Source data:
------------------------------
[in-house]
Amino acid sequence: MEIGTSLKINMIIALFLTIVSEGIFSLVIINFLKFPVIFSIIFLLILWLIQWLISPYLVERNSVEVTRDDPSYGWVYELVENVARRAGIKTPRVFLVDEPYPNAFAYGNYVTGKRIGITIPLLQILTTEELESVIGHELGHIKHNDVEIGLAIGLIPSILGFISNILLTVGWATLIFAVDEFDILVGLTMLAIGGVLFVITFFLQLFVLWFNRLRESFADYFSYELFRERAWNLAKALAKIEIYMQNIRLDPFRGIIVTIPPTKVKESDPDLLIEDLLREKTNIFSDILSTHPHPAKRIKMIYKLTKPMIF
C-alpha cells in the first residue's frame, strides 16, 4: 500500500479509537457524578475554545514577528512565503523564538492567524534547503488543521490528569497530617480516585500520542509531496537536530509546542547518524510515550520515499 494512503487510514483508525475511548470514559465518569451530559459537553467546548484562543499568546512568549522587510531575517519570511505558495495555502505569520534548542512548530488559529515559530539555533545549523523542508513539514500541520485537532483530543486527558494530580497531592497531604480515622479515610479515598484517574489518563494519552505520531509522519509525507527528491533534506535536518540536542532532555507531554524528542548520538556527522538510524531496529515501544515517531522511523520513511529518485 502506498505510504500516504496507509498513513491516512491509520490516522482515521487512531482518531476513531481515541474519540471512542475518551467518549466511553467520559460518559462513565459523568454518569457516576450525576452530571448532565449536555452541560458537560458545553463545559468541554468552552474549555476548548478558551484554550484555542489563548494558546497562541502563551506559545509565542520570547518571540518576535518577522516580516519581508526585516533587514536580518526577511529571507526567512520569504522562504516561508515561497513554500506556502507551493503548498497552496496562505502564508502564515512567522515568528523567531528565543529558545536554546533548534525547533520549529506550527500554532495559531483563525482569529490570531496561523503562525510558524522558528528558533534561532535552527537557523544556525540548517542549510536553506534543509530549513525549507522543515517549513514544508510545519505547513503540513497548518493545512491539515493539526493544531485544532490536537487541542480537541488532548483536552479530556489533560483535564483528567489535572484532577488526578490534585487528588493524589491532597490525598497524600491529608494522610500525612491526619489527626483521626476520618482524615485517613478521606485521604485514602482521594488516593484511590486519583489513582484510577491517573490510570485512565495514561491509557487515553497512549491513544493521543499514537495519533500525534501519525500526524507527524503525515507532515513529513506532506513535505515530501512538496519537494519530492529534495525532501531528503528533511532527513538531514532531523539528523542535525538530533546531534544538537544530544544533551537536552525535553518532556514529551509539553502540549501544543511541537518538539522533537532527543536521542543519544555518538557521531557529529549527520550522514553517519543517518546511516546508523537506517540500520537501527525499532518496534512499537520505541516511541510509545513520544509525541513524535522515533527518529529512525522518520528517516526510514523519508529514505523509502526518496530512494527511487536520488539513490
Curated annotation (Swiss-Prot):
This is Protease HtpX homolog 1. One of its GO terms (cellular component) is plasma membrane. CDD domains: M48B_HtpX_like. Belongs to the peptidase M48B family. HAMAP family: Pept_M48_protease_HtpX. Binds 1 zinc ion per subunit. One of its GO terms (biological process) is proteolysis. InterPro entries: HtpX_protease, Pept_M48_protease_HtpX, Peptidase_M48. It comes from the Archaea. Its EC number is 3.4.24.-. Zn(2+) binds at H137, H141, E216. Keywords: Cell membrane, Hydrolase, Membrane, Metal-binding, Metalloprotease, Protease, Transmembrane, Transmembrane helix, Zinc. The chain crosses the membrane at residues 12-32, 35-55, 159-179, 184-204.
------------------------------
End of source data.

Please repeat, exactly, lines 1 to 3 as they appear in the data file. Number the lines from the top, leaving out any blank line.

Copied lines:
[in-house]
Amino acid sequence: MEIGTSLKINMIIALFLTIVSEGIFSLVIINFLKFPVIFSIIFLLILWLIQWLISPYLVERNSVEVTRDDPSYGWVYELVENVARRAGIKTPRVFLVDEPYPNAFAYGNYVTGKRIGITIPLLQILTTEELESVIGHELGHIKHNDVEIGLAIGLIPSILGFISNILLTVGWATLIFAVDEFDILVGLTMLAIGGVLFVITFFLQLFVLWFNRLRESFADYFSYELFRERAWNLAKALAKIEIYMQNIRLDPFRGIIVTIPPTKVKESDPDLLIEDLLREKTNIFSDILSTHPHPAKRIKMIYKLTKPMIF
C-alpha cells in the first residue's frame, strides 16, 4: 500500500479509537457524578475554545514577528512565503523564538492567524534547503488543521490528569497530617480516585500520542509531496537536530509546542547518524510515550520515499 494512503487510514483508525475511548470514559465518569451530559459537553467546548484562543499568546512568549522587510531575517519570511505558495495555502505569520534548542512548530488559529515559530539555533545549523523542508513539514500541520485537532483530543486527558494530580497531592497531604480515622479515610479515598484517574489518563494519552505520531509522519509525507527528491533534506535536518540536542532532555507531554524528542548520538556527522538510524531496529515501544515517531522511523520513511529518485 502506498505510504500516504496507509498513513491516512491509520490516522482515521487512531482518531476513531481515541474519540471512542475518551467518549466511553467520559460518559462513565459523568454518569457516576450525576452530571448532565449536555452541560458537560458545553463545559468541554468552552474549555476548548478558551484554550484555542489563548494558546497562541502563551506559545509565542520570547518571540518576535518577522516580516519581508526585516533587514536580518526577511529571507526567512520569504522562504516561508515561497513554500506556502507551493503548498497552496496562505502564508502564515512567522515568528523567531528565543529558545536554546533548534525547533520549529506550527500554532495559531483563525482569529490570531496561523503562525510558524522558528528558533534561532535552527537557523544556525540548517542549510536553506534543509530549513525549507522543515517549513514544508510545519505547513503540513497548518493545512491539515493539526493544531485544532490536537487541542480537541488532548483536552479530556489533560483535564483528567489535572484532577488526578490534585487528588493524589491532597490525598497524600491529608494522610500525612491526619489527626483521626476520618482524615485517613478521606485521604485514602482521594488516593484511590486519583489513582484510577491517573490510570485512565495514561491509557487515553497512549491513544493521543499514537495519533500525534501519525500526524507527524503525515507532515513529513506532506513535505515530501512538496519537494519530492529534495525532501531528503528533511532527513538531514532531523539528523542535525538530533546531534544538537544530544544533551537536552525535553518532556514529551509539553502540549501544543511541537518538539522533537532527543536521542543519544555518538557521531557529529549527520550522514553517519543517518546511516546508523537506517540500520537501527525499532518496534512499537520505541516511541510509545513520544509525541513524535522515533527518529529512525522518520528517516526510514523519508529514505523509502526518496530512494527511487536520488539513490